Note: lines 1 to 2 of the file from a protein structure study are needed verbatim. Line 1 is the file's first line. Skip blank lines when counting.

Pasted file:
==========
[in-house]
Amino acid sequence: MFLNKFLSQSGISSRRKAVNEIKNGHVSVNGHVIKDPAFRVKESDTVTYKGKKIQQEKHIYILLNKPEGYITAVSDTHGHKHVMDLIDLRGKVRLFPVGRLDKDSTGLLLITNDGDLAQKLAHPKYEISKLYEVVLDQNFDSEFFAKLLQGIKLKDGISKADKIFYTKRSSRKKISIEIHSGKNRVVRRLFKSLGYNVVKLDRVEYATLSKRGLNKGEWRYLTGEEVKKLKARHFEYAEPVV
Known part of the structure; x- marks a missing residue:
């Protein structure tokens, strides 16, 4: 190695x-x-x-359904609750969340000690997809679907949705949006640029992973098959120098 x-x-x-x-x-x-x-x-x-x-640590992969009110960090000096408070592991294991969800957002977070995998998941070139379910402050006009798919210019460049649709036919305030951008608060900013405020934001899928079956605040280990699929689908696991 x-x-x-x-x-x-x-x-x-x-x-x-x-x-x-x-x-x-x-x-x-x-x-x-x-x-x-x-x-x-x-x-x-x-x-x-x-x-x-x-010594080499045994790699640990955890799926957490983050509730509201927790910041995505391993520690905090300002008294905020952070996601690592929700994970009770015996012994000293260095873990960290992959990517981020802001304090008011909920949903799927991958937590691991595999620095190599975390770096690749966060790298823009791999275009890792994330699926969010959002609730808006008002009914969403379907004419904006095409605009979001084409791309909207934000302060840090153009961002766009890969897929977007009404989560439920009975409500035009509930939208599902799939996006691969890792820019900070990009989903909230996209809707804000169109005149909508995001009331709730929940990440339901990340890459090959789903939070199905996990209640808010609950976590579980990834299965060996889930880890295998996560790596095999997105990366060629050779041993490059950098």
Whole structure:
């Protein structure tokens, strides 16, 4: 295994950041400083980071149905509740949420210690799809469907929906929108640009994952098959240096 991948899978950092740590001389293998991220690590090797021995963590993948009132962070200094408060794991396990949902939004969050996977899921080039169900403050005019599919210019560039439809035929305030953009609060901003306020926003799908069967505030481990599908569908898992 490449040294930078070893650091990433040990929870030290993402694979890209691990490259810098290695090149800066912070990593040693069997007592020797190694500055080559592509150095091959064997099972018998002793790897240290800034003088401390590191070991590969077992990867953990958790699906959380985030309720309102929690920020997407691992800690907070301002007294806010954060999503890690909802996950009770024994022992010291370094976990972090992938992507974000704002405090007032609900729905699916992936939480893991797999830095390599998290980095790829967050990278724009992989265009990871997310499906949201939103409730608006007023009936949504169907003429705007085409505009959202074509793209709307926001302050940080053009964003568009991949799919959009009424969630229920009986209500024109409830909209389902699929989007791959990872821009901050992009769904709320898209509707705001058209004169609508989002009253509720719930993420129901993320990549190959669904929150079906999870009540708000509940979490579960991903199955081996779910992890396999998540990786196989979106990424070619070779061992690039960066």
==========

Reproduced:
[in-house]
Amino acid sequence: MFLNKFLSQSGISSRRKAVNEIKNGHVSVNGHVIKDPAFRVKESDTVTYKGKKIQQEKHIYILLNKPEGYITAVSDTHGHKHVMDLIDLRGKVRLFPVGRLDKDSTGLLLITNDGDLAQKLAHPKYEISKLYEVVLDQNFDSEFFAKLLQGIKLKDGISKADKIFYTKRSSRKKISIEIHSGKNRVVRRLFKSLGYNVVKLDRVEYATLSKRGLNKGEWRYLTGEEVKKLKARHFEYAEPVV